Archive | Detox

Vogel Multiforce Alkaline Powder

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Posted 31 August 2018

Vogel Multiforce Alkaline powder claims in adverts to, among other:

  • A multimineral supplement that helps support the body’s pH regulating mechanisms.
  • Proven to increase urinary pH which means there is less acidity in the body
  • Potassium Bicarbonate has blood alkalinising properties and acts on metabolic acidosis
  • Many foods and drinks, especially meat, dairy products, sugar, coffee and alcohol are acid forming. Without adequate alkaline minerals, which are necessary to offset increases in acidity, your body struggles to maintain its internal acid/alkaline levels.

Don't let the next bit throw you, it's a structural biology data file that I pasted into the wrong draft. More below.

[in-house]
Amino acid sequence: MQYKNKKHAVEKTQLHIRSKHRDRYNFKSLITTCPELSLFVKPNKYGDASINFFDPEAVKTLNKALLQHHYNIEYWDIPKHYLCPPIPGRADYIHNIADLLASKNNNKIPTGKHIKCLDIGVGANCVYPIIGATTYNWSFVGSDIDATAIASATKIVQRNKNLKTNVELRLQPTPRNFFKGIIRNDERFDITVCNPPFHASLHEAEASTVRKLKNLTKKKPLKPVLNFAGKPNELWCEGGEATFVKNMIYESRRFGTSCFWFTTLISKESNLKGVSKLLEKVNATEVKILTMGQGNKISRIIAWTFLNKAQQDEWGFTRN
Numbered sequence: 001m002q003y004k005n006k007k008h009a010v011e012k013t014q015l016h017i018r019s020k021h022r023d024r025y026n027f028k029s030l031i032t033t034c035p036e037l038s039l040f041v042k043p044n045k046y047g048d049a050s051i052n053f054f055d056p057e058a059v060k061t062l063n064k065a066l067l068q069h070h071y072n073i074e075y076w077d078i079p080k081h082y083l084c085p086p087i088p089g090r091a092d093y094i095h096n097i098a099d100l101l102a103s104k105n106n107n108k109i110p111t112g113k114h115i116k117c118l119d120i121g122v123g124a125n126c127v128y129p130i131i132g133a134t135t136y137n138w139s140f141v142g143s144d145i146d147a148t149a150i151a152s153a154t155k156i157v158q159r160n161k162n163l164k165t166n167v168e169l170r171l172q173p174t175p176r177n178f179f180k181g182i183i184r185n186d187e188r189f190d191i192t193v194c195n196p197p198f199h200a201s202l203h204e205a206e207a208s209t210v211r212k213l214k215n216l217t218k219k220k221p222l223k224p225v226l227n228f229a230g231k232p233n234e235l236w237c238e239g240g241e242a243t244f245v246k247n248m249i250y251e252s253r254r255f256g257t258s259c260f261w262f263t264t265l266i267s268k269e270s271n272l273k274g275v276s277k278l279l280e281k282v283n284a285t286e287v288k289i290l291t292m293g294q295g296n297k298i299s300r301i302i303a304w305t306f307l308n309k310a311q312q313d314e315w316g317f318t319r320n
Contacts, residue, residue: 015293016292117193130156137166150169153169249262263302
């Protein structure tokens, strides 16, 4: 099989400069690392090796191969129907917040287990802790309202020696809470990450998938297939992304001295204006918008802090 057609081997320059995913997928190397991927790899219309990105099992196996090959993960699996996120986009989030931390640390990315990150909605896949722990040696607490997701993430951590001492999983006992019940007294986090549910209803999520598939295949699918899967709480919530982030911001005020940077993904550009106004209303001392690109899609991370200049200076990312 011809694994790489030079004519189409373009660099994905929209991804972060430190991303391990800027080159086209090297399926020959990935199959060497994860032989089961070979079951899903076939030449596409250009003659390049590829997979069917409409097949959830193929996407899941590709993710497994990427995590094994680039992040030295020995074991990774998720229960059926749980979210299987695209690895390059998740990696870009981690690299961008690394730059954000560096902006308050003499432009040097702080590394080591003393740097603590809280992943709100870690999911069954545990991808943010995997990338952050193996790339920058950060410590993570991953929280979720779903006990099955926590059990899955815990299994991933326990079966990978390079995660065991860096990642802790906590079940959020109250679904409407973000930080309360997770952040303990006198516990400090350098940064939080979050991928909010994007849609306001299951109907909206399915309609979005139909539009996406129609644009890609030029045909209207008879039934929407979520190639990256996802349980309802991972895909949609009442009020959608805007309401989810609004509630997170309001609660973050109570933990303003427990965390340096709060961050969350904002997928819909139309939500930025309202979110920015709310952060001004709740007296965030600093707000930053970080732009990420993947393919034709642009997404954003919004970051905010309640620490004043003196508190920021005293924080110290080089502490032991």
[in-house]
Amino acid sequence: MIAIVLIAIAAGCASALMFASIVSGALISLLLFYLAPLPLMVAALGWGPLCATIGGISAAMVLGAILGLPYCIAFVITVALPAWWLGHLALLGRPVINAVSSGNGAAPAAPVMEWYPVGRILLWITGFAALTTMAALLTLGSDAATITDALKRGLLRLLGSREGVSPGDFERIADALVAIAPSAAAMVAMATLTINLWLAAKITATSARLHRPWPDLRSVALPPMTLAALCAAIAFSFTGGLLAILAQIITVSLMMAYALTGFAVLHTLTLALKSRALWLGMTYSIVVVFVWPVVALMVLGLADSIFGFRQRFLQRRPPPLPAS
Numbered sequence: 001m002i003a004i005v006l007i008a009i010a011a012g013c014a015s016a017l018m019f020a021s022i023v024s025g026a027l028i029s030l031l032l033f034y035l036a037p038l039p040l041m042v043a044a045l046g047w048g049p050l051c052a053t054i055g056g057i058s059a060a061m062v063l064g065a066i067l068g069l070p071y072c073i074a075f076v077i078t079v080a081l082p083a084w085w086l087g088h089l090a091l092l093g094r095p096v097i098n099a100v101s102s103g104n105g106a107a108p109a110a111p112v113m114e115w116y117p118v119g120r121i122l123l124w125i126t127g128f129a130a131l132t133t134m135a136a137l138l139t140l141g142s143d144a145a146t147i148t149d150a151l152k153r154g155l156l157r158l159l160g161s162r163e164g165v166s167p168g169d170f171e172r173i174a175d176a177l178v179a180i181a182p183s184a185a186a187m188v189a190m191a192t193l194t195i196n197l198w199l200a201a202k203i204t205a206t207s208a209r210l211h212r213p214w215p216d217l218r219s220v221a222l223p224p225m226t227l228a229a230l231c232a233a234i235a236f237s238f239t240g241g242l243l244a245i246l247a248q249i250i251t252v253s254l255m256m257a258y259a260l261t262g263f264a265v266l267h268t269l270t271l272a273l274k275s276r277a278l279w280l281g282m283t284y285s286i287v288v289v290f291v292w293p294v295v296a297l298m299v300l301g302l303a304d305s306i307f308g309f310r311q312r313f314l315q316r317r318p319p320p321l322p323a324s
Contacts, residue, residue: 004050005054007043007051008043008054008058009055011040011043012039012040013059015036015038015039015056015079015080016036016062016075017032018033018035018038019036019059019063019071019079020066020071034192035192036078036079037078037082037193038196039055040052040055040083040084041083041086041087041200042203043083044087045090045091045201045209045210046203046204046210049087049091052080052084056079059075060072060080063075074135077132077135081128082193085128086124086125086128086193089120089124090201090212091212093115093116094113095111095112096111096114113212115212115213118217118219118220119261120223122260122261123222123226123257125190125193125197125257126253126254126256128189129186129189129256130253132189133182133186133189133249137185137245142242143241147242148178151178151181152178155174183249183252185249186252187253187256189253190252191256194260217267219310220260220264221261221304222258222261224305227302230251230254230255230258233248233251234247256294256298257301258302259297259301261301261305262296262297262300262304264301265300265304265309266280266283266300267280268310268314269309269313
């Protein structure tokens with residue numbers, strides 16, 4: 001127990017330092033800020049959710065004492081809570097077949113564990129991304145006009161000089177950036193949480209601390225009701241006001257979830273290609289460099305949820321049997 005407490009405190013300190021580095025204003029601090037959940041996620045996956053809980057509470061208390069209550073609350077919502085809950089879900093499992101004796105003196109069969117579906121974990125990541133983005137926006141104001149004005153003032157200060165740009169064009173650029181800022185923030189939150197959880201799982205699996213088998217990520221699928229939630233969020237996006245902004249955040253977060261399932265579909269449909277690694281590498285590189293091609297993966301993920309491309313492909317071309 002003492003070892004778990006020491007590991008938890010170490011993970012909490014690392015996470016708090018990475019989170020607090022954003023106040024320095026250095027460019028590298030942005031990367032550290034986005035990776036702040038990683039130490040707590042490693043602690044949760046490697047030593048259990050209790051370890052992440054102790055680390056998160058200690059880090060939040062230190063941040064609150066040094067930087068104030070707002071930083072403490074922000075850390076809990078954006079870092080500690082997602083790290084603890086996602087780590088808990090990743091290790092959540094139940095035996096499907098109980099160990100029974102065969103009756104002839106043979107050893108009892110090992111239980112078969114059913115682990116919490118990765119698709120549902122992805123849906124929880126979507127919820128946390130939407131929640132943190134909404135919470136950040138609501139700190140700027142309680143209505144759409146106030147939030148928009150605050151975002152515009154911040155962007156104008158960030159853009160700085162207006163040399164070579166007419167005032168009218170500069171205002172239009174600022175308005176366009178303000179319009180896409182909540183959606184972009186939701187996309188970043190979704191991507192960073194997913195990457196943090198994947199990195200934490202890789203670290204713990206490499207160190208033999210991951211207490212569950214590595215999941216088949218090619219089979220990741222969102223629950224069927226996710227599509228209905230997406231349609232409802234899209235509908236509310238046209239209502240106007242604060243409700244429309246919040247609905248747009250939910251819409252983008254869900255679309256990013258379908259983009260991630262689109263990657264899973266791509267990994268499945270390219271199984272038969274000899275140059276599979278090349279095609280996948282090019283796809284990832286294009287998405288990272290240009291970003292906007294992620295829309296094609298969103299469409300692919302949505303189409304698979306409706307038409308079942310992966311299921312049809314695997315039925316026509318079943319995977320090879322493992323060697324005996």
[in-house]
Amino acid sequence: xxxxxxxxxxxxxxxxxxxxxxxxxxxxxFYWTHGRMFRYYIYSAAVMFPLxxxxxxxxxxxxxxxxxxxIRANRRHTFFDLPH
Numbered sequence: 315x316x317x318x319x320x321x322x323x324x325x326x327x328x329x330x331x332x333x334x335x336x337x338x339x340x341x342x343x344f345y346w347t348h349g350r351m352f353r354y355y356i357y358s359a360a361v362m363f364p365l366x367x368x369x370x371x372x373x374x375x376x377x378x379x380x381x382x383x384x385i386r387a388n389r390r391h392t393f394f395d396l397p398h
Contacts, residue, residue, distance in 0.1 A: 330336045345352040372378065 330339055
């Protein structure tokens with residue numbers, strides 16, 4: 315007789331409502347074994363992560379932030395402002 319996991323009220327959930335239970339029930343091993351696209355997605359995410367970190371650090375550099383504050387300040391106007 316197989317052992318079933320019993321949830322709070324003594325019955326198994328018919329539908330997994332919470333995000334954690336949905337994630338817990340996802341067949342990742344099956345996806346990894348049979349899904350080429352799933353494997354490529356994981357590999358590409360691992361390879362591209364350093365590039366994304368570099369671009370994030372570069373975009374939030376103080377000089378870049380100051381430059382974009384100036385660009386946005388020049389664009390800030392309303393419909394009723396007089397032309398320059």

But does it work?

There have been multiple ASA rulings against the claims for this product.

Yet the company continues to make these false claims.

Scott Gavura has posted an article on detox scams to Science Based Medicine. He summarises beautifully how the pH regulating system of the body functions:

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Detoxing is the health ‘resolution’ you should avoid this year

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Posted 08 January 2018

  • Detoxing by drinking  juices, going on cleanses, or using other formulas is unnecessary and may be dangerous.
  • Juicing fresh fruits and vegetables also strips them of some of their most beneficial ingredients.

Ever wished there was an easy, quick way to cleanse your body of all those 2017 toxins?